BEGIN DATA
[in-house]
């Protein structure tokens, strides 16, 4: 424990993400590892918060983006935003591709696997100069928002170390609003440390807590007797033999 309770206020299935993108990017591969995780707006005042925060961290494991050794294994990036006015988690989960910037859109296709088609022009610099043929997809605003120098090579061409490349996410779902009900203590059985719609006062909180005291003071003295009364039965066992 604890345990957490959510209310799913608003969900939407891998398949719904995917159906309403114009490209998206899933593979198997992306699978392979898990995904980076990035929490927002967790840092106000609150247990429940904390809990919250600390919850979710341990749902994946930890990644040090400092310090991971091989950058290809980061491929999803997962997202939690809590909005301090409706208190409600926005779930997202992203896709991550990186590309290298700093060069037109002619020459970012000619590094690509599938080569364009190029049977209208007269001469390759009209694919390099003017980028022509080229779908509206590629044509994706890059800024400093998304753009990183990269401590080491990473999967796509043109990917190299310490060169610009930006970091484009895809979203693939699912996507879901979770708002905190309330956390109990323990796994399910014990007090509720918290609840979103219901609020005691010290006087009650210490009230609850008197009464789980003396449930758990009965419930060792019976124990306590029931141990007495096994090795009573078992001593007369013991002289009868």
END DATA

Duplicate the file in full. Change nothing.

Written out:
[in-house]
């Protein structure tokens, strides 16, 4: 424990993400590892918060983006935003591709696997100069928002170390609003440390807590007797033999 309770206020299935993108990017591969995780707006005042925060961290494991050794294994990036006015988690989960910037859109296709088609022009610099043929997809605003120098090579061409490349996410779902009900203590059985719609006062909180005291003071003295009364039965066992 604890345990957490959510209310799913608003969900939407891998398949719904995917159906309403114009490209998206899933593979198997992306699978392979898990995904980076990035929490927002967790840092106000609150247990429940904390809990919250600390919850979710341990749902994946930890990644040090400092310090991971091989950058290809980061491929999803997962997202939690809590909005301090409706208190409600926005779930997202992203896709991550990186590309290298700093060069037109002619020459970012000619590094690509599938080569364009190029049977209208007269001469390759009209694919390099003017980028022509080229779908509206590629044509994706890059800024400093998304753009990183990269401590080491990473999967796509043109990917190299310490060169610009930006970091484009895809979203693939699912996507879901979770708002905190309330956390109990323990796994399910014990007090509720918290609840979103219901609020005691010290006087009650210490009230609850008197009464789980003396449930758990009965419930060792019976124990306590029931141990007495096994090795009573078992001593007369013991002289009868």